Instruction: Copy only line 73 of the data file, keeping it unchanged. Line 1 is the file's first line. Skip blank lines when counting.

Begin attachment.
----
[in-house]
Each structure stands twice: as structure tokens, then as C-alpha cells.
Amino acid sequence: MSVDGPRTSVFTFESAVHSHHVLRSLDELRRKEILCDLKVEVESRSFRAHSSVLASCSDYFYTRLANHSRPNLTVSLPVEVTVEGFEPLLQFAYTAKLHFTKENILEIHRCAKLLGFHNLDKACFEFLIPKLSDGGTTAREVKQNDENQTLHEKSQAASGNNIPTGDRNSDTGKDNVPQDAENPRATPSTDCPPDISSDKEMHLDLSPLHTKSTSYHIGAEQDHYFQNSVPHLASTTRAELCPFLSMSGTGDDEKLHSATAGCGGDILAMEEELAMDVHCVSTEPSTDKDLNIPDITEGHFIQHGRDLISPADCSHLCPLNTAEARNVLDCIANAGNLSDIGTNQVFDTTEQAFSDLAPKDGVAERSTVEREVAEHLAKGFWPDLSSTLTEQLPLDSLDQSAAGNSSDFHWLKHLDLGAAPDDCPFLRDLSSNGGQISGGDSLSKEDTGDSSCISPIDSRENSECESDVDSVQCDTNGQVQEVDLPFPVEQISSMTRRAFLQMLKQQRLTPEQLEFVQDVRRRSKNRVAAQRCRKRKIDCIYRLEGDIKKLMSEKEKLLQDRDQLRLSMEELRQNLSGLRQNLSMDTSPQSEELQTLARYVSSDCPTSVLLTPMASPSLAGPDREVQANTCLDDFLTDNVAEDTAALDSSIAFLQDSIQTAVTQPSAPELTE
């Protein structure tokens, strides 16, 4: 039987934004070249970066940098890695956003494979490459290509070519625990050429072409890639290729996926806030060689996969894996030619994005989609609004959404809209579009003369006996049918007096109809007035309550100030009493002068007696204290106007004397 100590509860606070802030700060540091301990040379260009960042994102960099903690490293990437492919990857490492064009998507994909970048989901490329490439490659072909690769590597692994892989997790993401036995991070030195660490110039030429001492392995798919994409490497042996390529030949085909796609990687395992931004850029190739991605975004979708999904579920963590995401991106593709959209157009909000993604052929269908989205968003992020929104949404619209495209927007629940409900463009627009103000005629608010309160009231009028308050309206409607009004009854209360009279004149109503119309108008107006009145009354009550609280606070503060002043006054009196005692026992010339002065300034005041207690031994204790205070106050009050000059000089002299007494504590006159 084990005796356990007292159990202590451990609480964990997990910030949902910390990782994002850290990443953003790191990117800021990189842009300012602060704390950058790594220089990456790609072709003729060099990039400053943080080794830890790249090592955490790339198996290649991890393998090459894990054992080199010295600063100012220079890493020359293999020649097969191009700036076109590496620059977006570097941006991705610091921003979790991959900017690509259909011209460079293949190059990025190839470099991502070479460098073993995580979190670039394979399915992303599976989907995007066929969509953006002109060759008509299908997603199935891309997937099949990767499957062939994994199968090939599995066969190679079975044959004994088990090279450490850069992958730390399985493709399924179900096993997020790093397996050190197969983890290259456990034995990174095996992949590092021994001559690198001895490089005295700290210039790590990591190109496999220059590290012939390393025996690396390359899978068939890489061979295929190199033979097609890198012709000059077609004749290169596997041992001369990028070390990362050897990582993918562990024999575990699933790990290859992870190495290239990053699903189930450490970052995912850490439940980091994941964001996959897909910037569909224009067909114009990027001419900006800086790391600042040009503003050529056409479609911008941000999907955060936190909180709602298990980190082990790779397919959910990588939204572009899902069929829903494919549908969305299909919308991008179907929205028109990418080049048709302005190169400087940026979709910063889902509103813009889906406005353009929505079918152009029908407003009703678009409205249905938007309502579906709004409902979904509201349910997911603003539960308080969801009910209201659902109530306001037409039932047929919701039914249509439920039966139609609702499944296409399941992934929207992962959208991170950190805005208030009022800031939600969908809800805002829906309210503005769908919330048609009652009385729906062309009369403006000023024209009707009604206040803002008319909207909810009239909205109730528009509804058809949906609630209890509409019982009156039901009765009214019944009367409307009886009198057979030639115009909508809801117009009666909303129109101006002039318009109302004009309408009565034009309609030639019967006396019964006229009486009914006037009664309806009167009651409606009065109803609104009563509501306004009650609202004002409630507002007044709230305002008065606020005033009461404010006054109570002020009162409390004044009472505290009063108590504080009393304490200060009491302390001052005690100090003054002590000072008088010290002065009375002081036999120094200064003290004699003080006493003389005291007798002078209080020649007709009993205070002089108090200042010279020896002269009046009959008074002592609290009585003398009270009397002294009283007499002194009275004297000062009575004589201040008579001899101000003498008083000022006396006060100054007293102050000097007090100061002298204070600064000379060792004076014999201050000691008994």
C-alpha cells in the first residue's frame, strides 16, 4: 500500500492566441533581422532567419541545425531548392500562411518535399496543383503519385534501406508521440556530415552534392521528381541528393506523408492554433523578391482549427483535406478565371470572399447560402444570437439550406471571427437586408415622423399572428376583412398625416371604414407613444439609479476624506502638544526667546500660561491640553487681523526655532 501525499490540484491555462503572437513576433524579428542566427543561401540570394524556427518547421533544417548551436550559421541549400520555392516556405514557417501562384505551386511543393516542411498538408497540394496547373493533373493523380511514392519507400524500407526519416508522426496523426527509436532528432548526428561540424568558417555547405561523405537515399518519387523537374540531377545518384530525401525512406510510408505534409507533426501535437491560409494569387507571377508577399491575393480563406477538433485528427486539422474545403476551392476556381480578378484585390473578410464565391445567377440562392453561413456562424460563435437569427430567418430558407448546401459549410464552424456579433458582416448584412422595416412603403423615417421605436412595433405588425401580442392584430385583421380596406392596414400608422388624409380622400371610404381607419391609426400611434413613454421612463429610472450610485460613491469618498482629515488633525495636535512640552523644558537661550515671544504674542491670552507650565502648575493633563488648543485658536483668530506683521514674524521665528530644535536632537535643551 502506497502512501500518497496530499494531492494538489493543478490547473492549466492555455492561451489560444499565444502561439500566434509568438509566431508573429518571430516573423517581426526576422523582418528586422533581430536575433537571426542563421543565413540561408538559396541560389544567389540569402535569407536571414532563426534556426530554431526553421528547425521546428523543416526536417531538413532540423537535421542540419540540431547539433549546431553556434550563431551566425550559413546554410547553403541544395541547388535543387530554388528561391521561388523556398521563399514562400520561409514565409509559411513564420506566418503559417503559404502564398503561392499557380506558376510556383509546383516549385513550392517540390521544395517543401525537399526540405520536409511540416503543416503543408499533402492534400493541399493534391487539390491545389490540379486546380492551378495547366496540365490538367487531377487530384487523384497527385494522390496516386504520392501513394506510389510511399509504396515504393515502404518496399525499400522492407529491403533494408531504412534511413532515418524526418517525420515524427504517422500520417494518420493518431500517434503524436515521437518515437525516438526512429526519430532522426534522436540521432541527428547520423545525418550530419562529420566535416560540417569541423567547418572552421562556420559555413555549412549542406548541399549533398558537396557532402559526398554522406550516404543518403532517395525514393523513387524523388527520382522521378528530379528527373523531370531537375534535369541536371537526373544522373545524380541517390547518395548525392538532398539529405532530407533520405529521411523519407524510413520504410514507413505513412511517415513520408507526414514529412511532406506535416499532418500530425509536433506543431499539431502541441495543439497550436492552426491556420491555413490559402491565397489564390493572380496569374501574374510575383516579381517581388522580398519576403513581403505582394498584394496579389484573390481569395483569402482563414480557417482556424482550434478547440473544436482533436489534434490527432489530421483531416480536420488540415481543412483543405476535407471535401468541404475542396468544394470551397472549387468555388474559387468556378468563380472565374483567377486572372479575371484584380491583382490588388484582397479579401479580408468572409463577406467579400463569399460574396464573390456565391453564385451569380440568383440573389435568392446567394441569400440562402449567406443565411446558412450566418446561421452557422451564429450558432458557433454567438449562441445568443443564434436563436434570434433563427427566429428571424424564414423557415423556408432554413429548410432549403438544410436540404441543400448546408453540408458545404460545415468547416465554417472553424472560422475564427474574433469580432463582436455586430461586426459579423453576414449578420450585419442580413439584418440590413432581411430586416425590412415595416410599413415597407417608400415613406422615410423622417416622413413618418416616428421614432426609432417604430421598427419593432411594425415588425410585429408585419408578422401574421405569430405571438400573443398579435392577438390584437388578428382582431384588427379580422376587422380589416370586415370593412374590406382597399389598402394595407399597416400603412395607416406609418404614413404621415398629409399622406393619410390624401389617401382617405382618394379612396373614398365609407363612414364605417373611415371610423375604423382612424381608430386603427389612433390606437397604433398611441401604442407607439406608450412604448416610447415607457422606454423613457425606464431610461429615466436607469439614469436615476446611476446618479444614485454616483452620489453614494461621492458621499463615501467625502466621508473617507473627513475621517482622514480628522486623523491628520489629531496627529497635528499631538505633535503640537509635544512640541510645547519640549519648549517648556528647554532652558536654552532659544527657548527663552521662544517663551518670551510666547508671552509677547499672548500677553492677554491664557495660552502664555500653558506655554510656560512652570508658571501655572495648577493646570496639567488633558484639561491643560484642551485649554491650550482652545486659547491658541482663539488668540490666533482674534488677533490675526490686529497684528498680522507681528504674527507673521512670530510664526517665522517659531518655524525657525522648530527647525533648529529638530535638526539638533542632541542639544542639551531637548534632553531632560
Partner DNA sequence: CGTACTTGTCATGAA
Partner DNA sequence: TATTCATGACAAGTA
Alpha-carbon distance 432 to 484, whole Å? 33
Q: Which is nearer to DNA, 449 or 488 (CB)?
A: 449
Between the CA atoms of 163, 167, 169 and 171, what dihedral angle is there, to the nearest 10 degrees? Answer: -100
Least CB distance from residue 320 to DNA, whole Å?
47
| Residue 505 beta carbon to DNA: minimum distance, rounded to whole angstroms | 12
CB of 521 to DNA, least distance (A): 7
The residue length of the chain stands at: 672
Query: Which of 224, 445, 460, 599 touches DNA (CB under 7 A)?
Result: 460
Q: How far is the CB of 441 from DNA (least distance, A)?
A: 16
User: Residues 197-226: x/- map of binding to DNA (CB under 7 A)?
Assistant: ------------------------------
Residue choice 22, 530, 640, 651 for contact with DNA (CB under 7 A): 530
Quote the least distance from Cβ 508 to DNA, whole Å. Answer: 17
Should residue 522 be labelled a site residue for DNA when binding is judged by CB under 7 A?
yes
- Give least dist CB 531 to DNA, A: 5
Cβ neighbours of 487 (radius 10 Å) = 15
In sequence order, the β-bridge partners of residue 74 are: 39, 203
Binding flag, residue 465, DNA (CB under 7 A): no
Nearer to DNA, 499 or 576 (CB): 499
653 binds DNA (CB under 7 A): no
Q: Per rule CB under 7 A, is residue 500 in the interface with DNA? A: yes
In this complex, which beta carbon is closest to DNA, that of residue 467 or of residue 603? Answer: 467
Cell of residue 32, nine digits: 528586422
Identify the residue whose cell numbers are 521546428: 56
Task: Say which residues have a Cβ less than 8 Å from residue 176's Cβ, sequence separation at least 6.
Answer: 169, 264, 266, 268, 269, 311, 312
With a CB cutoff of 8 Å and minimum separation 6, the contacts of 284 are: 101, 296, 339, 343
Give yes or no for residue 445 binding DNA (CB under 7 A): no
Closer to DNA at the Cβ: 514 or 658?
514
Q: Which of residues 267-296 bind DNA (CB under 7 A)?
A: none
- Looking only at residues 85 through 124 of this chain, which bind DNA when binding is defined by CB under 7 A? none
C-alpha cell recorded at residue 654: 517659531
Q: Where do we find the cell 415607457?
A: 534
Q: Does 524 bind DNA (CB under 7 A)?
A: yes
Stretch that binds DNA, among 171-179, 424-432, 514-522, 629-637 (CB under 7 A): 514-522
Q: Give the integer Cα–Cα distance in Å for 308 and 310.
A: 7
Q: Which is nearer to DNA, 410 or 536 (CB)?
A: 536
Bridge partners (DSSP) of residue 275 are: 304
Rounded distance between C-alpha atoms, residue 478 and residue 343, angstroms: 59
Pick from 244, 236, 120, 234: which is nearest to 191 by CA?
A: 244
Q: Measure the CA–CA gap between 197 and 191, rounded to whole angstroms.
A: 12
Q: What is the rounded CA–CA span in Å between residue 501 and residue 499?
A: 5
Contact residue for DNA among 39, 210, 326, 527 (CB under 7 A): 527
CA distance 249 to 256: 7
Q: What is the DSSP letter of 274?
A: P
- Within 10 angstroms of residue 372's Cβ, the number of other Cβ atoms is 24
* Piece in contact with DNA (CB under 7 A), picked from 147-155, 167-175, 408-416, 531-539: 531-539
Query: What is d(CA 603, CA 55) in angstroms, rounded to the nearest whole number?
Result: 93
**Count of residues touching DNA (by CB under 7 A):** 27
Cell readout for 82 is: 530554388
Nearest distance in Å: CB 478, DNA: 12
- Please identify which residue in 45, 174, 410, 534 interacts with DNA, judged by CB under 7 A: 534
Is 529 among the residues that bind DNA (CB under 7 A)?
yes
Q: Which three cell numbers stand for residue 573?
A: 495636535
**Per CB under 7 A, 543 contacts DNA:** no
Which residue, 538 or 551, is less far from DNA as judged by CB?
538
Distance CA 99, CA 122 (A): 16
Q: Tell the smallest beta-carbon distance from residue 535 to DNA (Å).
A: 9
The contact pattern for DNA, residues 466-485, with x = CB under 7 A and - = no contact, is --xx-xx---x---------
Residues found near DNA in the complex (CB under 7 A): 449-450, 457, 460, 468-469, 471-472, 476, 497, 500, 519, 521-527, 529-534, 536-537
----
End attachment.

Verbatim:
Cell readout for 82 is: 530554388